It is somewhat jarring that more Americans have heard from their assistant secretary of state for South Asia, Robert Blake, about the potential for potato cultivation in Bengal than from any state government investment promotion official. A typical Blake speech to a US audience that is interested in India runs something like this.
“When PepsiCo came to Bengal in 2004, it introduced a partnership-farming concept, with an ‘assured buyback’ programme with local potato farmers along with extensive support with upgrading farm practices. Since then, the company’s initial group of 140 farmers has grown to more than 12,000, supplying 35,000 tons of potatoes per year.”
Even so, Americans were not prepared for the finance minister’s assertion that his state now stood first in all of India in potato cultivation. Mitra told them of another first for Bengal: the state is number one in the informal sector. Its people are selling something but not producing anything much, which is what needs to be changed.
The finance minister emphasized reforms and administrative changes in the last year that had toned up the government’s efficiency and provided transparency, mainly through the use of technology. But Americans are now sceptical of such claims. They once considered N. Chandrababu Naidu as their poster boy for e-governance and how technology can change India, so much so that Bill Clinton chose to go to Hyderabad in 2000 during the first US presidential visit in 22 years.
But the drubbing that Naidu received in the Andhra Pradesh assembly elections after he flaunted those changes abroad in the style of Mikhail Gorbachev, the author of the Soviet perestroika, has made the US wary of embracing reformers wholesale. Anticipating reservations, Swadesh Chatterjee, member of the prime minister’s Global Advisory Council of Overseas Indians and Padma Bhushan recipient, introduced Mitra to Bengali Americans who compared him to Lucius Quinctius Cincinnatus, the man after whom the city of Cincinnati in Ohio is named. Cincinnatus was a Roman nobleman who lived a very different life until an invasion of Rome in 458 BC required him to lead his people as dictator. He put together an army and won the battle.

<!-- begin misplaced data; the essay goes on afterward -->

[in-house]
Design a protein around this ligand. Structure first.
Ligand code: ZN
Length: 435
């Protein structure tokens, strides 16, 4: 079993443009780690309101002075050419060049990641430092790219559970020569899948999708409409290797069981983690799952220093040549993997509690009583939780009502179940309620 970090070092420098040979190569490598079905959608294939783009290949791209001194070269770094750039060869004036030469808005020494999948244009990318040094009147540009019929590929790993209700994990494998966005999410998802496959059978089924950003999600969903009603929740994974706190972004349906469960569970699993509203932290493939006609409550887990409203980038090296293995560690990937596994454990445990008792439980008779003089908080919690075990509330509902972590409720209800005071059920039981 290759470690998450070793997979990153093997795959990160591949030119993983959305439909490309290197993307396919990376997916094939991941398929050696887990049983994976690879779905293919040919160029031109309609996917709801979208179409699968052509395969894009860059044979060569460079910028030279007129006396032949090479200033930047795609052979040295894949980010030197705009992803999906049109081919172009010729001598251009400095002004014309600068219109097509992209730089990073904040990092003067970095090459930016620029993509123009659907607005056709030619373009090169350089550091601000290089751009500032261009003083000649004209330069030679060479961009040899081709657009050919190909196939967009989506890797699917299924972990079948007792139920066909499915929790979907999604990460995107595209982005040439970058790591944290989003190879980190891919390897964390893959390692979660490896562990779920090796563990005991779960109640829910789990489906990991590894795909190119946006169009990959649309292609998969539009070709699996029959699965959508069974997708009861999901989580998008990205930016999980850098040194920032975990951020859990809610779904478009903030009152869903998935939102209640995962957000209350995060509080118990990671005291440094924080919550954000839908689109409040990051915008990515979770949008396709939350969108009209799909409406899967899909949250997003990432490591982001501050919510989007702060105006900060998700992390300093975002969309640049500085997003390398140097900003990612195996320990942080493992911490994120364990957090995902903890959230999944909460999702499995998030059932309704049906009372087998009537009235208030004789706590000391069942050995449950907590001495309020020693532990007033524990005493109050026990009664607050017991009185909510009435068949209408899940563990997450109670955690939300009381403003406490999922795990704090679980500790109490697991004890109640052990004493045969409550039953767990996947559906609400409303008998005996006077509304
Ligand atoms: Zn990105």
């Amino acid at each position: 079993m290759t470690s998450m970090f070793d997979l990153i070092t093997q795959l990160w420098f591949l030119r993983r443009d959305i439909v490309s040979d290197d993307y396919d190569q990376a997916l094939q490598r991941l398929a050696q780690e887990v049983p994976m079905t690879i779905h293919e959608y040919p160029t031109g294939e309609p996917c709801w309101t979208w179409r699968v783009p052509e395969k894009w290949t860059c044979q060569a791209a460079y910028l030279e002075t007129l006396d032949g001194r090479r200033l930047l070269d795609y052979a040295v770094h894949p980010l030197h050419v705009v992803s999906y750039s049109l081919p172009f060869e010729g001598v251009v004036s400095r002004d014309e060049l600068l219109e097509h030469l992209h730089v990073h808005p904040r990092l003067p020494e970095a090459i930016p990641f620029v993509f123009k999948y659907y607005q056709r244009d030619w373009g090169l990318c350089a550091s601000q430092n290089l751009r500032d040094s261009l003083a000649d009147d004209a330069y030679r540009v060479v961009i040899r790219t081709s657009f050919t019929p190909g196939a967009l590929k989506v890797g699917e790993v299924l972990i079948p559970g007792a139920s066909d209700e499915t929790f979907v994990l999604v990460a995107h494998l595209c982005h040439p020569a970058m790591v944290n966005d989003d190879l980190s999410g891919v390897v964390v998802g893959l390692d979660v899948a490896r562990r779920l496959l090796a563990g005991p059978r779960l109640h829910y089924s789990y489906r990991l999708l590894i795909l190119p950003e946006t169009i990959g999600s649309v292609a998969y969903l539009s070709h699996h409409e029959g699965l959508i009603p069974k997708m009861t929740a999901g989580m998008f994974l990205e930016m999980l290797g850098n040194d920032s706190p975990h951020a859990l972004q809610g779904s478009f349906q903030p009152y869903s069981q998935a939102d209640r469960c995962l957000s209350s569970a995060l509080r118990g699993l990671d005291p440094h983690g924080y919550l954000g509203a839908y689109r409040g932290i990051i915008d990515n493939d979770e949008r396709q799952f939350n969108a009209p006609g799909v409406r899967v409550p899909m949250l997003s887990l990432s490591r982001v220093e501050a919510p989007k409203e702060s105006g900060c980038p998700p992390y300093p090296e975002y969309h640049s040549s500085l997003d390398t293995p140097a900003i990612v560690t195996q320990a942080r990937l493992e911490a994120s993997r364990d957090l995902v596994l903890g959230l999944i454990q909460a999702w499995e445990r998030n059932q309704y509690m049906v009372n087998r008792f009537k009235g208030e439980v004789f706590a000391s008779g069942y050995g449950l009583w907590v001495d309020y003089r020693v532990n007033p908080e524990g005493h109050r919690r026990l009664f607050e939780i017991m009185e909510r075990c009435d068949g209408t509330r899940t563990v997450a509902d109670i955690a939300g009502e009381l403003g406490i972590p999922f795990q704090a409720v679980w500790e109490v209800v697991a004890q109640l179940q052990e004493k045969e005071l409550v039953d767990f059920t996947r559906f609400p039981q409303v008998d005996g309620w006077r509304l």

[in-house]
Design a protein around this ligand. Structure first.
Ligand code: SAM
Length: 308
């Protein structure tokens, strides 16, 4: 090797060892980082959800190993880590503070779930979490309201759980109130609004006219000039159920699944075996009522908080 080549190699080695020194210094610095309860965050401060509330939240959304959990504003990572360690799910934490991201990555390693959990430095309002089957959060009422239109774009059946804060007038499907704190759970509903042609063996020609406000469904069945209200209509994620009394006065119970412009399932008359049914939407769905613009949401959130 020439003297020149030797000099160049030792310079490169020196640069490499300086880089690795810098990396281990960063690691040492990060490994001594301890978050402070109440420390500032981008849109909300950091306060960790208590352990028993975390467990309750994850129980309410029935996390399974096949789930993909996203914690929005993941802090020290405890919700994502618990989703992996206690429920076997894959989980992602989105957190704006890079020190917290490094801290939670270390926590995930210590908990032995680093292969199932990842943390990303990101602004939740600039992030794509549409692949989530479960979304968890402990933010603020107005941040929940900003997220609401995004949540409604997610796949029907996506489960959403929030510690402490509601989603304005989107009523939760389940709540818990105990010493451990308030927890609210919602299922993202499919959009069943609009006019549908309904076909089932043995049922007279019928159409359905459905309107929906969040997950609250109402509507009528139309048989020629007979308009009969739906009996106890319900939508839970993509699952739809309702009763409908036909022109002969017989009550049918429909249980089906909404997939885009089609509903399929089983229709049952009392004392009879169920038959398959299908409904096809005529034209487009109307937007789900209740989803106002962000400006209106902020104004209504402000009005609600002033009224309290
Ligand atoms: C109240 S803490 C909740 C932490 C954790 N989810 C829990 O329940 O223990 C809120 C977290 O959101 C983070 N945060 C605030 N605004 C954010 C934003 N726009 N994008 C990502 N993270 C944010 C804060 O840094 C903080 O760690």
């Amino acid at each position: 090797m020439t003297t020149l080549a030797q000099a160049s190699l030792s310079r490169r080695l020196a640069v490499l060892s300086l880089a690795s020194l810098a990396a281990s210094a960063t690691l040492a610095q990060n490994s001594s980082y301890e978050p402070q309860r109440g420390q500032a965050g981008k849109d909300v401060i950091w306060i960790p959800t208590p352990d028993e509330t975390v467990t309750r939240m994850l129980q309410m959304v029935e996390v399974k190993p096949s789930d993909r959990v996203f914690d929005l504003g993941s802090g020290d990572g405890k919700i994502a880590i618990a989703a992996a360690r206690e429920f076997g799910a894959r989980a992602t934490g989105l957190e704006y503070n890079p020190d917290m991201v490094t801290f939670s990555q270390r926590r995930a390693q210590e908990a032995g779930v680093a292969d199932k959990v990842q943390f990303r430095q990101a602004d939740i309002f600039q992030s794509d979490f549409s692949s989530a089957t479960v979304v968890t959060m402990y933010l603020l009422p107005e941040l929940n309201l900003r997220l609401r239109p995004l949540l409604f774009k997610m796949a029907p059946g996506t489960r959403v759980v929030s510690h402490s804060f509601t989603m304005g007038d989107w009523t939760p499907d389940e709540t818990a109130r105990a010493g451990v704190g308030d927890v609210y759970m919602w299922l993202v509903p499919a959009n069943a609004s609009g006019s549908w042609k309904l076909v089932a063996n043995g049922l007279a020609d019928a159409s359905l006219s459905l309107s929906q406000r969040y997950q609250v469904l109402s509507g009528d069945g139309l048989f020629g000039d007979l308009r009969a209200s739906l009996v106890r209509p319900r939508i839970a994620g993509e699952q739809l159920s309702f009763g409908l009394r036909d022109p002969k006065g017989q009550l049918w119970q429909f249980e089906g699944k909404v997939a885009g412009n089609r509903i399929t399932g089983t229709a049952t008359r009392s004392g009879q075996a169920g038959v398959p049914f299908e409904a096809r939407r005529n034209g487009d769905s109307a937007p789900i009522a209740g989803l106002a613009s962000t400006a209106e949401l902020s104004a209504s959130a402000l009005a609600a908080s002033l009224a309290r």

That may have gone down well among those who knew the finance minister in his earlier role as secretary-general of the Federation of Indian Chambers of Commerce and Industry, but at the conclusion of the first overseas initiative by the Trinamul government the lasting impression was that the proverbial swallow does not make a summer.
If Bengal is to become credible to Americans like Gujarat or Tamil Nadu, not only are more such visits required, but a sustained campaign is also called for to convince investors that the state is serious about a change in its culture of doing business.